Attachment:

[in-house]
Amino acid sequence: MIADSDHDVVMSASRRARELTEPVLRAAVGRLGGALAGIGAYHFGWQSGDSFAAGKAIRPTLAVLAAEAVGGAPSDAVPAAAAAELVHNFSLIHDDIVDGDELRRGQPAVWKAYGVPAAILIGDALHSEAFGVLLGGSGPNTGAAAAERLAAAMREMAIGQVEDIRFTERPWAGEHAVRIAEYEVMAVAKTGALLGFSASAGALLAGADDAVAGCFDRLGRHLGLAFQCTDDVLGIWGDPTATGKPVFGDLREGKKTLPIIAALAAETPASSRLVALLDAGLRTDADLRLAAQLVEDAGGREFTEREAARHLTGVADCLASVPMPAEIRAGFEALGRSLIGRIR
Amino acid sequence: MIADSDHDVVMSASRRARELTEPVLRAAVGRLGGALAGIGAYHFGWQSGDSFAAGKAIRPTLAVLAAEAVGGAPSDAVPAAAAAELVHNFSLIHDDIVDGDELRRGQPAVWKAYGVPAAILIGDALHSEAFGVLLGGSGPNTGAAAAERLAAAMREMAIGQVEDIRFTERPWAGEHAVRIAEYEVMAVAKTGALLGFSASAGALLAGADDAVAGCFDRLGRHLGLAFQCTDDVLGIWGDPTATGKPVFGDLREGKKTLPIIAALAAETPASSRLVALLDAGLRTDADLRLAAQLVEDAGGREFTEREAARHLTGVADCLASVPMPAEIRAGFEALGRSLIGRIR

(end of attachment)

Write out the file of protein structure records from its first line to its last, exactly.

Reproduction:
[in-house]
Amino acid sequence: MIADSDHDVVMSASRRARELTEPVLRAAVGRLGGALAGIGAYHFGWQSGDSFAAGKAIRPTLAVLAAEAVGGAPSDAVPAAAAAELVHNFSLIHDDIVDGDELRRGQPAVWKAYGVPAAILIGDALHSEAFGVLLGGSGPNTGAAAAERLAAAMREMAIGQVEDIRFTERPWAGEHAVRIAEYEVMAVAKTGALLGFSASAGALLAGADDAVAGCFDRLGRHLGLAFQCTDDVLGIWGDPTATGKPVFGDLREGKKTLPIIAALAAETPASSRLVALLDAGLRTDADLRLAAQLVEDAGGREFTEREAARHLTGVADCLASVPMPAEIRAGFEALGRSLIGRIR
Amino acid sequence: MIADSDHDVVMSASRRARELTEPVLRAAVGRLGGALAGIGAYHFGWQSGDSFAAGKAIRPTLAVLAAEAVGGAPSDAVPAAAAAELVHNFSLIHDDIVDGDELRRGQPAVWKAYGVPAAILIGDALHSEAFGVLLGGSGPNTGAAAAERLAAAMREMAIGQVEDIRFTERPWAGEHAVRIAEYEVMAVAKTGALLGFSASAGALLAGADDAVAGCFDRLGRHLGLAFQCTDDVLGIWGDPTATGKPVFGDLREGKKTLPIIAALAAETPASSRLVALLDAGLRTDADLRLAAQLVEDAGGREFTEREAARHLTGVADCLASVPMPAEIRAGFEALGRSLIGRIR